1. Donnelly, Gloria F. PhD, RN, FAAN

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My 96-year-old father, who has lived in my home for the past 10 years, was recently diagnosed with bladder cancer. A small tumor that had invaded the bladder wall was surgically removed and we all agreed on a conservative course of follow-up treatment-watch the bladder and intervene as needed.

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After my father's first postsurgical cystoscope, the surgeon called me into the examination room. I was apprehensive about what she had to say given what I had interpreted as a cautious tone in her voice. The cautious tone, however, was really a reflection of disbelief at what the cystoscope had just revealed-no sign of cancer, not even at the surgical site, and no cancer cells in the last gavage.


After telling my father the results of the examination, she asked to what he attributed his longevity and resiliency. With no hesitation, my father replied matter of factly, "Prunes!! Every morning for at least the last 50 years, I have had a glass of warm prune juice as part of my breakfast. And, I snack on prunes in the daytime when I am hungry. In fact, I keep a can of prunes in my bedroom. It is definitely the prunes!!"


Genetics notwithstanding, health beliefs and routine health strategies can be powerful influences on living well and long. After hearing my father's prune theory of longevity, I got to thinking about how he lives his life. The familial dietary pattern to this day is Mediterranean-meat once or twice a week, lots of fish, pasta, vegetables, and fruits, especially prunes in my father's case. And when my father is not hungry, he does not eat, so in some sense he practices calorie restriction that has been recently touted as one strategy for living longer. His belief in "prunes" does not wax and wane. Morning prune juice is the dominant food ritual in his life and whether we are at home or away, prunes must be part of the daily diet.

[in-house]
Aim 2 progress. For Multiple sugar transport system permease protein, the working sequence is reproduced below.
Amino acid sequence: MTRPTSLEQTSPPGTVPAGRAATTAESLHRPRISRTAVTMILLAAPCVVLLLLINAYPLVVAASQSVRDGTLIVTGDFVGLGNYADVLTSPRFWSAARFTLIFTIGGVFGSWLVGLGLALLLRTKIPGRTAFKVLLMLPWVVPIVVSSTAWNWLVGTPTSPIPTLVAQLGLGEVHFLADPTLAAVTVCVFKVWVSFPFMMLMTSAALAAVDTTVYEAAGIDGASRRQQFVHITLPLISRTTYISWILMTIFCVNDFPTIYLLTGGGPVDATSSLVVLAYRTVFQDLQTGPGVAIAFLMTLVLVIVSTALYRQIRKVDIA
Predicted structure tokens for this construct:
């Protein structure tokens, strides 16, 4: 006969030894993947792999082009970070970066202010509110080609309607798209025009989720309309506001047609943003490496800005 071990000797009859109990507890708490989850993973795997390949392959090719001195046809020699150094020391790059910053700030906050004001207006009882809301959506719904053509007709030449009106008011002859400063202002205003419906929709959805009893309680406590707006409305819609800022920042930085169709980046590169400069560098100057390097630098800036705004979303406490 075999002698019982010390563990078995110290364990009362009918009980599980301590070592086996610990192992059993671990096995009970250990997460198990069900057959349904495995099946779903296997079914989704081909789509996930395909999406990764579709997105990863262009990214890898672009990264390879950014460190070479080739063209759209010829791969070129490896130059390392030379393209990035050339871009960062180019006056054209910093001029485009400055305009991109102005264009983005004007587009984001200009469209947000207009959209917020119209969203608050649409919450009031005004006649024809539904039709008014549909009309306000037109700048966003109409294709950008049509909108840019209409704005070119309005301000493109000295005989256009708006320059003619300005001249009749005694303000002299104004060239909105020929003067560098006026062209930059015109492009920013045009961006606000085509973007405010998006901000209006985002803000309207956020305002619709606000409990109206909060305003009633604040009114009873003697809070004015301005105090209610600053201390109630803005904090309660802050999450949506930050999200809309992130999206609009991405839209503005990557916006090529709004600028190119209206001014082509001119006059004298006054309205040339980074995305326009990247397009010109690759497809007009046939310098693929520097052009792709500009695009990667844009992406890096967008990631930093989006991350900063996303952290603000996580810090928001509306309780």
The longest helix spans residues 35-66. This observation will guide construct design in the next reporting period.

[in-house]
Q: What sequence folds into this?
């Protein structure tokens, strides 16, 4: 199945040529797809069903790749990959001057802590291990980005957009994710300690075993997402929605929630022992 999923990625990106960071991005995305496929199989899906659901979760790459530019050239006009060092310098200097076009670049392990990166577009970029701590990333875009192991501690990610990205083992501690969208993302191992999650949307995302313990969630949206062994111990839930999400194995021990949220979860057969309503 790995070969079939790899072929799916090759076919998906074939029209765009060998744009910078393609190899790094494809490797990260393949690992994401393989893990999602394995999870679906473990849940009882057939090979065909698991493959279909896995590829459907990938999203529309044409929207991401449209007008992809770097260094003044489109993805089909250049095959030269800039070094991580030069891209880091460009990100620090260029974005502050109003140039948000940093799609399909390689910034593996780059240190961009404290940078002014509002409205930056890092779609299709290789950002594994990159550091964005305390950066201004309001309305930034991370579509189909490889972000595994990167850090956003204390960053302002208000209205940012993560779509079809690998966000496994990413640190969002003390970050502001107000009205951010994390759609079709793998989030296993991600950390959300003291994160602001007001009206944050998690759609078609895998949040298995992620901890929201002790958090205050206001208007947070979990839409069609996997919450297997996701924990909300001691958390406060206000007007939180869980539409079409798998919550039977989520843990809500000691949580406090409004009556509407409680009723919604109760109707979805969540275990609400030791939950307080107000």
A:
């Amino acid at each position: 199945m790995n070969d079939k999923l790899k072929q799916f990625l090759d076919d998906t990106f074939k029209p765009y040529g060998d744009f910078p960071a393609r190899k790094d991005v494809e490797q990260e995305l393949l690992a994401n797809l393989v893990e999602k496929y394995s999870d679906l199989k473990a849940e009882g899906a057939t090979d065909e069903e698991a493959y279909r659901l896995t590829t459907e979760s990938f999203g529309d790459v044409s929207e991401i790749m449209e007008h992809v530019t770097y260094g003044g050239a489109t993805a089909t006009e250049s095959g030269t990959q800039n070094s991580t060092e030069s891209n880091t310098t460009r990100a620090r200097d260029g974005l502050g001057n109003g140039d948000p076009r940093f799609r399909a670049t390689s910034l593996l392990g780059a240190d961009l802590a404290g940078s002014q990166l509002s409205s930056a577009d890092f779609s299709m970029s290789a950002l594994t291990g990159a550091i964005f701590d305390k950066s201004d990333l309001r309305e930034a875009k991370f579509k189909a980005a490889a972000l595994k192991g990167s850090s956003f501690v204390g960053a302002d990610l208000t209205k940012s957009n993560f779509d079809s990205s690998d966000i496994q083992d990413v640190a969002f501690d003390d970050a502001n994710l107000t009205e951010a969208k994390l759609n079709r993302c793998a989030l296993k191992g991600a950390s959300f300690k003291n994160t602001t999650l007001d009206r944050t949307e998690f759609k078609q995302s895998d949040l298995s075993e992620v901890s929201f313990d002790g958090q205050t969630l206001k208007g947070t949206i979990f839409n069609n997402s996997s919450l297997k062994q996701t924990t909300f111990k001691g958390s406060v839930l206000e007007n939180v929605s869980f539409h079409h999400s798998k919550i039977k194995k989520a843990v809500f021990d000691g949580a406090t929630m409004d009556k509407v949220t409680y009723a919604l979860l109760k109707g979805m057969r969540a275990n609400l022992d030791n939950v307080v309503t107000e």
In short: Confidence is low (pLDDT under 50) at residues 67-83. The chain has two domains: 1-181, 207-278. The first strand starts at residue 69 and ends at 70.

Discipline, moderation, and flexibility are the core concepts that underpin my father's health strategies. There are certain things you must do every day-like stretching with light weights and, of course, eating prunes. Moderation is key-prunes, but not too many; stretching, but not too vigorously. And, flexibility is a life approach, if you cannot get prunes, raisins or figs will do. If your muscles are too tired for stretching, walking up 2 flights of stairs will suffice.


It is important to talk to patients and families about their health beliefs and to discern whether there is a match between what they believe and what they actually do. My father believes that he is what he eats. How these beliefs drive his way of living may be the key to his longevity. It is important for health professionals to reflect on their own health beliefs. How our health beliefs drive what we do may be the key to improving nursing practice.


Gloria F. Donnelly, PhD, RN, FAAN